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Research on the causes and the timing of the Jewish immigration has dwelt upon both the social-political element (persecutions) and on economic elements (socioeconomic deprivation). Mob violence against Jews and Jewish propertypogroms, a Russian word coined expressly for this casebroke out in the Pale of Settlement in the spring of 1881, following the assassination of the tsar, Alexander II, and this is often considered to be the spark that touched off the large-scale exodus. The question is far from settled, and is far more complex than it would appear, for several reasons: (a) The migration actually began, albeit on a smaller scale, in the 1870s; (b) scholars have shown that the 1881-era immigrants came initially from centers of Jewish population hardest hit by poverty more than from those areas directly affected by the pogroms4; (c) the migration was selectivemigration was much higher among younger, working-age people, and did not represent a cross-section of the Jewish populationand was responsive to business cycles in the American economy; and (d) although Jews were, like other migrating groups, clearly economically motivated, they did emigrate more than non-Jews. Jews comprised over two-fths of all Russian emigrants between 1890 and 1915, and they tended to bring more dependent family members with them, thus placing themselves at an initial economic disadvantage in adjusting to their new home. These two idiosyncratic factorsmore intensive out-migration
Italians Then, Mexicans Now. Immigrant Origins and Second-Generation Progress, 1890 2000 (New York: Russell Sage Foundation and the Levy Economics Institute of Bard College, 2005), 11 12. For the general literature, see Walter Nugent, Crossings: The Great Transatlantic Migrations, 18701914 (Bloomington: Indiana University Press, 1992); Alan M. Kraut, The Huddled Masses: The Immigrant in American Society, 18801921 (Arlington Heights, Ill.: Harlan Davidson, 1982); Salo W. Baron, United States 1880 1914, in Steeled By Adversity. Essays and Addresses on American Jewish Life (Philadelphia: Jewish Publication Society of America, 1971), 269 414; Liebman Hersch, International Migration of the Jews, in Imre Ferenczi and Walter F. Willcox, eds., International Migrations (New York: National Bureau of Economic Research, 1931), vol. 2, 471520; and idem, Jewish Migrations during the Last Hundred Years, in The Jewish People Past and Present (New York: Jewish Encyclopedic Handbooks, Central Yiddish Culture Organization [CYCO], 1946), vol. I, 407 30; Samuel Joseph, Jewish Immigration to the United States from 1881 to 1910 (New York: Arno, 1969; repr. of 1914 ed., New York: Longmans, Green). 4 Kuznets, Immigration: 116 19; Shaul Stampfer, The Geographic Background of East European Jewish Migration to the United States before World War I, in, Ira A. Glazier and Luigi De Rosa, eds., Migration across Time and Nations: Population Mobility in Historical Contexts (New York and London: Holmes and Meier, 1986), 227 28; idem, Patterns of Internal Jewish Migration in the Russian Empire, in, Yaacov Roi, ed., Jews and Jewish Life in Russia and the Soviet Union (Ilford, Essex: Frank Cass, 1995), 37; Rubinow, Economic Conditions, 49192, 495 96, 502. On the pogroms see: I. Michael Aronson, Troubled Waters: The Origins of the 1881 Anti-Jewish Pogroms in Russia (Pittsburgh: University of Pittsburgh Press, 1990); Jonathan Frankel, The Crisis of 188182 as a Turning Point in Modern Jewish History, in, David Berger, ed., The Legacy of Jewish Migration: 1881 and Its Impact (New York: Columbia University Press, 1983), 9 22; Shlomo Lambroza and John Klier, eds., Pogroms: Anti-Jewish Violence in Modern Russian History (Cambridge: Cambridge University Press, 1992).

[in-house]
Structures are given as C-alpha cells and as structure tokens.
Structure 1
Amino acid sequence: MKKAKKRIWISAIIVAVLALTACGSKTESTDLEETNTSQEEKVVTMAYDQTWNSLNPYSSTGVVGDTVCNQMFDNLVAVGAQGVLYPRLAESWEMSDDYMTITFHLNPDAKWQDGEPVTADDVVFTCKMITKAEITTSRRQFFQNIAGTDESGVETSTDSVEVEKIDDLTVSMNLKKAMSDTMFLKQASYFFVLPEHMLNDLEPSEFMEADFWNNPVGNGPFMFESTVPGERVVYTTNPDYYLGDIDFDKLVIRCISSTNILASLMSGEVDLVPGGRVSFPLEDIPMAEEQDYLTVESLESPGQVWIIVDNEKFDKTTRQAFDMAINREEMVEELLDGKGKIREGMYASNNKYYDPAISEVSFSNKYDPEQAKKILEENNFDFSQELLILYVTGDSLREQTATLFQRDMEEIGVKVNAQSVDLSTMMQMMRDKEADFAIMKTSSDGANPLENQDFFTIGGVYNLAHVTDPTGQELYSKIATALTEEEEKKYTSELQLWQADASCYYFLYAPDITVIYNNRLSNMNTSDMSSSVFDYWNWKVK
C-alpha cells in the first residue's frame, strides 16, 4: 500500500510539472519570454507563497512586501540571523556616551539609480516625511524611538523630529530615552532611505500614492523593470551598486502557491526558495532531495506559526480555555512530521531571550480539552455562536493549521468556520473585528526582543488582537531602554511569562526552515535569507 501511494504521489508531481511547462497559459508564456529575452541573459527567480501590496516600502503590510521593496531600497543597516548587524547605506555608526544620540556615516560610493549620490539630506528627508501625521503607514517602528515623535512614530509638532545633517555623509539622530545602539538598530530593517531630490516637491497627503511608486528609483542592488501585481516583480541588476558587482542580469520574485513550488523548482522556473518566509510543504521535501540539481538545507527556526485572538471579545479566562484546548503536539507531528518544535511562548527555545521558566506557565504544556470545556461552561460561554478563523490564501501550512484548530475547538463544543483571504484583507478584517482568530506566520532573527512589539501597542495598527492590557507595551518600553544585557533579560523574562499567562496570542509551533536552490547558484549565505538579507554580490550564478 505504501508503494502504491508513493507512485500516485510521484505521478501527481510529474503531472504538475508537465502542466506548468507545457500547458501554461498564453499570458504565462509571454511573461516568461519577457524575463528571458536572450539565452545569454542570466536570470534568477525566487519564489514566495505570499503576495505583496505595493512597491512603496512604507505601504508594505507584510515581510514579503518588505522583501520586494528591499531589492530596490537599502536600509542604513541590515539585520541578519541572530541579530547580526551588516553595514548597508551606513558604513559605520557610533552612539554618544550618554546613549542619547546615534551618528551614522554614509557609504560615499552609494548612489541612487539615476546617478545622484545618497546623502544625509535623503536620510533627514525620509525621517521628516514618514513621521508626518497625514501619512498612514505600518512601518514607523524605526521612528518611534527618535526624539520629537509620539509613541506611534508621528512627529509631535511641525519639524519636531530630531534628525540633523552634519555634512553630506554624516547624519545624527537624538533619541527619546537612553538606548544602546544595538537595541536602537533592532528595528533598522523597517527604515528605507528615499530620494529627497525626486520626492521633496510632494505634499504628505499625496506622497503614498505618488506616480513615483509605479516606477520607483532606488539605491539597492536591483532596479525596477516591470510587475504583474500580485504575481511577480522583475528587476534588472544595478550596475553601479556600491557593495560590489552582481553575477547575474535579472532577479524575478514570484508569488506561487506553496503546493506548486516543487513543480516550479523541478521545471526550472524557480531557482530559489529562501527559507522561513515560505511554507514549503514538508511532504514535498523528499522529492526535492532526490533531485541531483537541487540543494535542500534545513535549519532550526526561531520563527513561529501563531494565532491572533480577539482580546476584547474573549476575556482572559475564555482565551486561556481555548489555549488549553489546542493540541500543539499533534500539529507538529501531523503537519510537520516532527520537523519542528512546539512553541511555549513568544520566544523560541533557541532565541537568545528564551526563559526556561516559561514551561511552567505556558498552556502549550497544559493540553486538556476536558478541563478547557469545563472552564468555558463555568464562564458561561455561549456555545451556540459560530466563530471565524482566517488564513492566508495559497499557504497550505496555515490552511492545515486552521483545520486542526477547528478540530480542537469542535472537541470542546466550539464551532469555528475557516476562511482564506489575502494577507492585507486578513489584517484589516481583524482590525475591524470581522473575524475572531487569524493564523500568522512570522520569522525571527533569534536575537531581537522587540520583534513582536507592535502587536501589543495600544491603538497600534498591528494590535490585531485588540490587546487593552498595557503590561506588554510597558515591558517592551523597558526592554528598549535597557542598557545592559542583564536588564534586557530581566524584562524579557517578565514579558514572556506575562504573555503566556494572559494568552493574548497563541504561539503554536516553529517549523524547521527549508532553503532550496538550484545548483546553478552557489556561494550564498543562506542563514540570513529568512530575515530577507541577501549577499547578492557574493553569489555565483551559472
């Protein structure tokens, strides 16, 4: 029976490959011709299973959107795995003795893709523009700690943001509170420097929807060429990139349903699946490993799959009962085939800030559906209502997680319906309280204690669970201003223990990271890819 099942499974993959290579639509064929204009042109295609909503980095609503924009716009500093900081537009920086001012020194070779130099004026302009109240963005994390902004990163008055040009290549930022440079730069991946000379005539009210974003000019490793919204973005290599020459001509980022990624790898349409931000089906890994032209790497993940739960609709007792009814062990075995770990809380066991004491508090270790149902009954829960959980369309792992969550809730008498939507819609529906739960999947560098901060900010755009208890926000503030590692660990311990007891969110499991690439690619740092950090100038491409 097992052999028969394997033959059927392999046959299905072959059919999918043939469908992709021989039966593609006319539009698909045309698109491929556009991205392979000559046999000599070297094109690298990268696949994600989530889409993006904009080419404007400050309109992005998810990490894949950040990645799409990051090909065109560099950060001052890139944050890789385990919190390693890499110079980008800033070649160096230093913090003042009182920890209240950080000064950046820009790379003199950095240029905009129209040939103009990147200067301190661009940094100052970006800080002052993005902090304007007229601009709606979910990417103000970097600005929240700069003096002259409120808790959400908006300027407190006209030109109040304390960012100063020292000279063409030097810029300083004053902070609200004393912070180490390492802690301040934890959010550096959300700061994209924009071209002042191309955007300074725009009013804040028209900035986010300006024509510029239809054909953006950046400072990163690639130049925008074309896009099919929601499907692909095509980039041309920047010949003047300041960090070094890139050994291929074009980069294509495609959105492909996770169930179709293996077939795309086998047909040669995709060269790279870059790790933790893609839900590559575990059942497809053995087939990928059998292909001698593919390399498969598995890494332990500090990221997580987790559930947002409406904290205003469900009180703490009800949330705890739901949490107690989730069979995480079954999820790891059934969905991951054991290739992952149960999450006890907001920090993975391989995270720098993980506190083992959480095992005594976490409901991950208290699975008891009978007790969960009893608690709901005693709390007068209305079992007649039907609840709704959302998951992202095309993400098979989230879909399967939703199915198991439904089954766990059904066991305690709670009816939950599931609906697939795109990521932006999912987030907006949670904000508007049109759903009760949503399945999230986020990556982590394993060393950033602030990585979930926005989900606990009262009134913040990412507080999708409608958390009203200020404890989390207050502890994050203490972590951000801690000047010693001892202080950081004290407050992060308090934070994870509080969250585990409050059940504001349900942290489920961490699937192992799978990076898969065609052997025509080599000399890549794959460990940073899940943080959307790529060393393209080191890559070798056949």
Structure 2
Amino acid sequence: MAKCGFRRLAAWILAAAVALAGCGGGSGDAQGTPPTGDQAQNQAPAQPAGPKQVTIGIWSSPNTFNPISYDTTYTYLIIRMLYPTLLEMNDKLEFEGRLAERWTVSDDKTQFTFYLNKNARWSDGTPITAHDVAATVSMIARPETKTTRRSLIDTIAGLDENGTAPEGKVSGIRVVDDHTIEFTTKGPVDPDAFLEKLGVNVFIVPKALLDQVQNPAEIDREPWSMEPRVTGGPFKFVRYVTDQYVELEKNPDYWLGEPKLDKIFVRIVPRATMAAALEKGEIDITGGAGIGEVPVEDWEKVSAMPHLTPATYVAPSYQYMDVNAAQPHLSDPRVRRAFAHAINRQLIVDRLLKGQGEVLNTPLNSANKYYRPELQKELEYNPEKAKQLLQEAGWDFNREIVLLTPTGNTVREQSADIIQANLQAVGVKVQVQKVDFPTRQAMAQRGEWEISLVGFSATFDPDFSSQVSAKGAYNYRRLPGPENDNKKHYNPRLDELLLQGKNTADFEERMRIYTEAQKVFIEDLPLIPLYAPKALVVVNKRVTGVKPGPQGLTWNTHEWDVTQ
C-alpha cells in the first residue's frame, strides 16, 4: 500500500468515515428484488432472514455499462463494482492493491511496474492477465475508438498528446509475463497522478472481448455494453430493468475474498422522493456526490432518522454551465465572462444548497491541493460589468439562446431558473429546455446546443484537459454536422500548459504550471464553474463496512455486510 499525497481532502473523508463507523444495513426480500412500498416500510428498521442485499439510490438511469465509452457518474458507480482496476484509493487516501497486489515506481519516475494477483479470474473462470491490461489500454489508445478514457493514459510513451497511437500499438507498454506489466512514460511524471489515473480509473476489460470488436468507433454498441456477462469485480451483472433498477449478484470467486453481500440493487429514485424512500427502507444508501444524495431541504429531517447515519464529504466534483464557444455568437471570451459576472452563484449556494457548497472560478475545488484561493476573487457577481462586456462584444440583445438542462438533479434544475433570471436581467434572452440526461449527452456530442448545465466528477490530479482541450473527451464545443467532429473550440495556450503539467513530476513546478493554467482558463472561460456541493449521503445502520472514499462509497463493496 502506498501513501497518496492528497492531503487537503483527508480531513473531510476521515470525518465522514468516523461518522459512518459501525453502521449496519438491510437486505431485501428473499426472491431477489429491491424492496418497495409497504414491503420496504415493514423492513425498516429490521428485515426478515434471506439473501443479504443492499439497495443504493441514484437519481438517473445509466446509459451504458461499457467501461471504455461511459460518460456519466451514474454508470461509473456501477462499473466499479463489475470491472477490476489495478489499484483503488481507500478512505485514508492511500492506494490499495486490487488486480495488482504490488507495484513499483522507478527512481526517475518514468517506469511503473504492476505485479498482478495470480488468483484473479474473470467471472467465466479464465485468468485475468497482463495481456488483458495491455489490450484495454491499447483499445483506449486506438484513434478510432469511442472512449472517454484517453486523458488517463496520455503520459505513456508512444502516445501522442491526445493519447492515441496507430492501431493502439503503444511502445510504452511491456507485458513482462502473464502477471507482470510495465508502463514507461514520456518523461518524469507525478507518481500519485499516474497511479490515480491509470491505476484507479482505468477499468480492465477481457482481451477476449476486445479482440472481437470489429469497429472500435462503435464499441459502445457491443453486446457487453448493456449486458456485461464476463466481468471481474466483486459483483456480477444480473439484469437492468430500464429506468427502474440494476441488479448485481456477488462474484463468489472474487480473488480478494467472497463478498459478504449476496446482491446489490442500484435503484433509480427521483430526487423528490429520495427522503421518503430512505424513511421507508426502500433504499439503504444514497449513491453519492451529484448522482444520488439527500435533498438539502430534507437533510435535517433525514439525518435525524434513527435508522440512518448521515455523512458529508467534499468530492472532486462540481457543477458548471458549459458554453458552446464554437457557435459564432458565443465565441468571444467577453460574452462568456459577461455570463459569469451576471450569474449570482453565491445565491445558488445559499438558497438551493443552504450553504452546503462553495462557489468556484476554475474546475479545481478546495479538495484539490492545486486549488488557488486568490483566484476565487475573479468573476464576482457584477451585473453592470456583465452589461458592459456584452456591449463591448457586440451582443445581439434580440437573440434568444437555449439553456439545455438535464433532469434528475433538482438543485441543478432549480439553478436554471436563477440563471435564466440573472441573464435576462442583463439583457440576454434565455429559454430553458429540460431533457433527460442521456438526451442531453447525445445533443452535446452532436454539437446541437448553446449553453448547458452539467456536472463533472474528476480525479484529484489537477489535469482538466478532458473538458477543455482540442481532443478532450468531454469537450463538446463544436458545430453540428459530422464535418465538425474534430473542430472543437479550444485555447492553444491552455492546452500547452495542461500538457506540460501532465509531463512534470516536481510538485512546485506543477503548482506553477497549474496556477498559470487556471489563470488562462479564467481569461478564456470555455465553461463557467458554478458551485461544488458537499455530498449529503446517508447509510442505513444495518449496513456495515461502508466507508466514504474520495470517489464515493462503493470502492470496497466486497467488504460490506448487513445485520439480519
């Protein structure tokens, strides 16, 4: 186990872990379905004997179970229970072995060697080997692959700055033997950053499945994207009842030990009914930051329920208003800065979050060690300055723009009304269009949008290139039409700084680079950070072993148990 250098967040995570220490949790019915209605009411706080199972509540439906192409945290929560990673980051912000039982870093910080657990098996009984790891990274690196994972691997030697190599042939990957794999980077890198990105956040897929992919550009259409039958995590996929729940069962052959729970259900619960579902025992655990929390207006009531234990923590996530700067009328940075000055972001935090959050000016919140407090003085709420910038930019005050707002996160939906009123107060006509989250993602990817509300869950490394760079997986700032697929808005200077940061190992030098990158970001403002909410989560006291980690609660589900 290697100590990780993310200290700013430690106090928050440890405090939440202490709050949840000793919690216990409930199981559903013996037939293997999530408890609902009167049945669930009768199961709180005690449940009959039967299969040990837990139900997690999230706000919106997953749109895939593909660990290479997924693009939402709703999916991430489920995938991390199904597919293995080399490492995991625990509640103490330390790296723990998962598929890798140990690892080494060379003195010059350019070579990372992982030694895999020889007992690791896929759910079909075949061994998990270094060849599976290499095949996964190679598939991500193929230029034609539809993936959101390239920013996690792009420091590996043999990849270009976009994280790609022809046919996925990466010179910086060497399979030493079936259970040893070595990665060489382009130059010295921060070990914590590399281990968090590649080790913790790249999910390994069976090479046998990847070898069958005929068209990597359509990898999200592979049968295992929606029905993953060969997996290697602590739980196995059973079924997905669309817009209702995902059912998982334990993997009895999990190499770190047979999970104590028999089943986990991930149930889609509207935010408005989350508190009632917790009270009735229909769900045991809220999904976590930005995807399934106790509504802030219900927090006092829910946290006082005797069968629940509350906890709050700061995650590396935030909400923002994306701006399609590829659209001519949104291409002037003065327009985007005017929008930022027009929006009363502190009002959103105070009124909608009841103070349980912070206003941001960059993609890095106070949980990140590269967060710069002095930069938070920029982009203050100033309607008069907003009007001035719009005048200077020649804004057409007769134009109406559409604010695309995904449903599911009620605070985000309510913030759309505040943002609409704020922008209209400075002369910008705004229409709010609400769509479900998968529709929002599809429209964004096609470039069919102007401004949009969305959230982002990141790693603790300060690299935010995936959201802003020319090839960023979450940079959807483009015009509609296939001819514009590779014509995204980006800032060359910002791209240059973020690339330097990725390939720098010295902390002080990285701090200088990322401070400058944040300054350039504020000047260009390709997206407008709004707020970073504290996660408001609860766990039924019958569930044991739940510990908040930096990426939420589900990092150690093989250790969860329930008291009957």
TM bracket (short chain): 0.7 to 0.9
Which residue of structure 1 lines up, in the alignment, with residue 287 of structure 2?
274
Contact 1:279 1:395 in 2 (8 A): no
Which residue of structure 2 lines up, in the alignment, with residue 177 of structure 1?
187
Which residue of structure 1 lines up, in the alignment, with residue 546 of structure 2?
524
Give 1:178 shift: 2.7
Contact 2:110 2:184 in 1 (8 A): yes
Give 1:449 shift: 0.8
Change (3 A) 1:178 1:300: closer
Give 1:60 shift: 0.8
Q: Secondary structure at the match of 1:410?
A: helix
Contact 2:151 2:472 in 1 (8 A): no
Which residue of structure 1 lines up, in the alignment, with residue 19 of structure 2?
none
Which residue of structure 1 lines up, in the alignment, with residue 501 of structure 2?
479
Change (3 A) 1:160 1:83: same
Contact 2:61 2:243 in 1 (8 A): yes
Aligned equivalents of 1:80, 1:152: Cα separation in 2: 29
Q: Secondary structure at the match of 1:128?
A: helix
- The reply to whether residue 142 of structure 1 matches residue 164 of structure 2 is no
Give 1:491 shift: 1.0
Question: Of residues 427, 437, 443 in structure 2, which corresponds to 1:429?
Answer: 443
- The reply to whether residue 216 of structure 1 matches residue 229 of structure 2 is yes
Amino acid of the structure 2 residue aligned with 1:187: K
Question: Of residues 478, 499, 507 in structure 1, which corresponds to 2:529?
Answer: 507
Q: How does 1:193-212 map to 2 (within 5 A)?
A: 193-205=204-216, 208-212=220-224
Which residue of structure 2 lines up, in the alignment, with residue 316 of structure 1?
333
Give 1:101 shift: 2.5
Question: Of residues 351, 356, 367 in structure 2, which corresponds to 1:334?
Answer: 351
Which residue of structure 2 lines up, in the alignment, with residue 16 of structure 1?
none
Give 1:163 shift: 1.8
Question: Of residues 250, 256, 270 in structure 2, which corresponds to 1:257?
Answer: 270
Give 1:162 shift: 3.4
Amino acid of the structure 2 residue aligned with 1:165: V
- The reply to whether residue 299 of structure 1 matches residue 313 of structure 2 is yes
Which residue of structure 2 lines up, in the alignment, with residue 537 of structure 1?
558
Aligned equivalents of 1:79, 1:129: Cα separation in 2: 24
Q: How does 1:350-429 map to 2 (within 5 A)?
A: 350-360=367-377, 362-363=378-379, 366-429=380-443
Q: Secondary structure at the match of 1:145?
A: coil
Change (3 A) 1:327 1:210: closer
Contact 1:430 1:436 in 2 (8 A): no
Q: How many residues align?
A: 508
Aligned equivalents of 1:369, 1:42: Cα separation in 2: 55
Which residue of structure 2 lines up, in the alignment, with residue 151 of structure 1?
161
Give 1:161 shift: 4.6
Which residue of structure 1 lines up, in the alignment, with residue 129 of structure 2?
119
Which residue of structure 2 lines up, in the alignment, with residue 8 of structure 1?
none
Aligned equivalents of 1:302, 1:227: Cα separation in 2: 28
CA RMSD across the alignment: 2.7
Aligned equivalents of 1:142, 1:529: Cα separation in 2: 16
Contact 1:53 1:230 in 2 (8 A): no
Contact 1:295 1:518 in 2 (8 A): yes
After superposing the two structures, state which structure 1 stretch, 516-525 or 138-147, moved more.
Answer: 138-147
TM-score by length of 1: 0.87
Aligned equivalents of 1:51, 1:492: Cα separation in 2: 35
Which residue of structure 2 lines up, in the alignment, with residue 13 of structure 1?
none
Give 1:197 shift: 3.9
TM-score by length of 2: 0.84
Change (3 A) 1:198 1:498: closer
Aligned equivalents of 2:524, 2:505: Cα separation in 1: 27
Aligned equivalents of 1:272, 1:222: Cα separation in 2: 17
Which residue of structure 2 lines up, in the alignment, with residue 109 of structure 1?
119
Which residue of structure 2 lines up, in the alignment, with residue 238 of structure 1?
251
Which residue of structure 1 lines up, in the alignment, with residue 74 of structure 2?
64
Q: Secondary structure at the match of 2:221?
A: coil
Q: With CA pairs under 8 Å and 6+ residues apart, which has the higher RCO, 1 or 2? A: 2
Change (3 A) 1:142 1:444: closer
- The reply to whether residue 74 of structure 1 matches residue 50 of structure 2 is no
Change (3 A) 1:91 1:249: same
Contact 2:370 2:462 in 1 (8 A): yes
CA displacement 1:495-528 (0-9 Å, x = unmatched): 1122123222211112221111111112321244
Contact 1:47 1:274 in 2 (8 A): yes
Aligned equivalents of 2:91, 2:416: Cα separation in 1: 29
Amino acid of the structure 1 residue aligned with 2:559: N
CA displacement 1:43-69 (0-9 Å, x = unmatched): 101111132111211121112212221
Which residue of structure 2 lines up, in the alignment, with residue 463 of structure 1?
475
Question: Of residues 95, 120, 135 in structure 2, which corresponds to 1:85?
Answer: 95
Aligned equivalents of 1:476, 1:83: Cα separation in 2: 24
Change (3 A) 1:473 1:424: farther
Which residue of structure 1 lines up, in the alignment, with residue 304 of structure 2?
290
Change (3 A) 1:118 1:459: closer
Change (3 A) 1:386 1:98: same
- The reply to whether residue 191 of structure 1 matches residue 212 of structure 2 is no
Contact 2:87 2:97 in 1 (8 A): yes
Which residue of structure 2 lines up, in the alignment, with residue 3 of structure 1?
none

and higher family migrationmay attest to the added motivating push of a particularly harsh political situation for Jews.5 We can assume, then, that both economic and other historical causes served as push factors in the emigration of east European Jews, and that political oppression and economic causes were interrelated. The following discussion is intended to delineate